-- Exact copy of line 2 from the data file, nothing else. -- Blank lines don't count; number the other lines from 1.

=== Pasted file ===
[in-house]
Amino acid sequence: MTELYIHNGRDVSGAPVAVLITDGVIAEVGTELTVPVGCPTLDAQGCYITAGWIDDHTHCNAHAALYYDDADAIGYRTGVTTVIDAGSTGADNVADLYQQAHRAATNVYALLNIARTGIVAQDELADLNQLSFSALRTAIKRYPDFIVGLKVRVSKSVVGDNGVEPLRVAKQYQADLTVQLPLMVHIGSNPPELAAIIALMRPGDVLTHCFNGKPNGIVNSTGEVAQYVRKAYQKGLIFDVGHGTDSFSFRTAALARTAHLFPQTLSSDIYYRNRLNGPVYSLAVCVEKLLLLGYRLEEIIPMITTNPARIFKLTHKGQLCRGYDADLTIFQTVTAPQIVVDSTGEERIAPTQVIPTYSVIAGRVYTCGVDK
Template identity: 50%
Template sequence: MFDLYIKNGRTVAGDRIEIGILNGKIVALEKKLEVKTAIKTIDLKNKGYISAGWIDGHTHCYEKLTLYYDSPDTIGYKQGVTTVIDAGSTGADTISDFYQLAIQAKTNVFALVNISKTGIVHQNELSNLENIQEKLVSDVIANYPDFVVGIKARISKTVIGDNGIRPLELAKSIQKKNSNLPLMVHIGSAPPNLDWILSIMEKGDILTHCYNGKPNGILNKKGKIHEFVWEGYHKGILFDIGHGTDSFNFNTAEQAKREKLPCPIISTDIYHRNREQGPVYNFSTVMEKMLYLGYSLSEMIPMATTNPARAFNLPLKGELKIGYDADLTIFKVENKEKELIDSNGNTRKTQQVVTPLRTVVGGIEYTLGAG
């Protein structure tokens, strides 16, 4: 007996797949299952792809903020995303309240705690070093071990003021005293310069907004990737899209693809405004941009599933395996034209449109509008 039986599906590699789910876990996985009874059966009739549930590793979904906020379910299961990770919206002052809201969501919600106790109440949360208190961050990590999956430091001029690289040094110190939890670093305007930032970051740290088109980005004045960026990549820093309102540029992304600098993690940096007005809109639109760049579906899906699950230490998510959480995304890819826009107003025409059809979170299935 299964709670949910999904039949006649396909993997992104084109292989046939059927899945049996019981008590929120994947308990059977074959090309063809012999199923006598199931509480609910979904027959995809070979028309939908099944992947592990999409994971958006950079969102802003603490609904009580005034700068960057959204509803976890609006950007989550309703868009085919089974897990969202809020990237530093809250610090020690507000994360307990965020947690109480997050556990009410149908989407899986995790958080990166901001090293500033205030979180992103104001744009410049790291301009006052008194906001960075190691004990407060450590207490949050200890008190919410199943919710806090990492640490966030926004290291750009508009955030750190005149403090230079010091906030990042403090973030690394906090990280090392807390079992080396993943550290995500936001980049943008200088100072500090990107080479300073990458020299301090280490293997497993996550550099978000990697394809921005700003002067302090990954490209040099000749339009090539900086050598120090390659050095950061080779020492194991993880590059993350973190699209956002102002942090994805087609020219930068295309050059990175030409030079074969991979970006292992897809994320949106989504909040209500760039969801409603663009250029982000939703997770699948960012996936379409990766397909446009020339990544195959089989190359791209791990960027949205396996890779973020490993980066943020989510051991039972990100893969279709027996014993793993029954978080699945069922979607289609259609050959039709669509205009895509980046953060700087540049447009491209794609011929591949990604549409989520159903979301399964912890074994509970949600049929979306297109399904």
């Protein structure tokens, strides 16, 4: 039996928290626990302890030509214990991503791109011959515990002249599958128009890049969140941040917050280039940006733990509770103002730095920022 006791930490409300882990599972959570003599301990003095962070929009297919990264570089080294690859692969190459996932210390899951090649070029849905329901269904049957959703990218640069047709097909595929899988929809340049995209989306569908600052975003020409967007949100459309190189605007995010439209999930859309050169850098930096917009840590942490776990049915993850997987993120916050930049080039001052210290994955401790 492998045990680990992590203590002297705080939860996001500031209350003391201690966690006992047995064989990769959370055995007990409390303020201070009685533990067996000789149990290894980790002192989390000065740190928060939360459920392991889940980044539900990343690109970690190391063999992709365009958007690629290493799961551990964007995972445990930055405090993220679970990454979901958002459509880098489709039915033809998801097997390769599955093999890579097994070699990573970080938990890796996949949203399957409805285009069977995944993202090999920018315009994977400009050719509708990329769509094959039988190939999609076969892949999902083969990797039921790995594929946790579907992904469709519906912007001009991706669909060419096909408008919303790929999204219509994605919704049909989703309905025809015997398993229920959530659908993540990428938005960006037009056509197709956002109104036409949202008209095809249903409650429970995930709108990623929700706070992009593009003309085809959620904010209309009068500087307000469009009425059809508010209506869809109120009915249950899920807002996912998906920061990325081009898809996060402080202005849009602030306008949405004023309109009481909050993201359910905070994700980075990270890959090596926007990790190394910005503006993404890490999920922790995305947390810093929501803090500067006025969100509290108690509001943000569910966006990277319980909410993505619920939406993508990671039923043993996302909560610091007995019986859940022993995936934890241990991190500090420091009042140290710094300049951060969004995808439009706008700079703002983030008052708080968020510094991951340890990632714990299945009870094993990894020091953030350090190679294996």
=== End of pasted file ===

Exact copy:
Amino acid sequence: MTELYIHNGRDVSGAPVAVLITDGVIAEVGTELTVPVGCPTLDAQGCYITAGWIDDHTHCNAHAALYYDDADAIGYRTGVTTVIDAGSTGADNVADLYQQAHRAATNVYALLNIARTGIVAQDELADLNQLSFSALRTAIKRYPDFIVGLKVRVSKSVVGDNGVEPLRVAKQYQADLTVQLPLMVHIGSNPPELAAIIALMRPGDVLTHCFNGKPNGIVNSTGEVAQYVRKAYQKGLIFDVGHGTDSFSFRTAALARTAHLFPQTLSSDIYYRNRLNGPVYSLAVCVEKLLLLGYRLEEIIPMITTNPARIFKLTHKGQLCRGYDADLTIFQTVTAPQIVVDSTGEERIAPTQVIPTYSVIAGRVYTCGVDK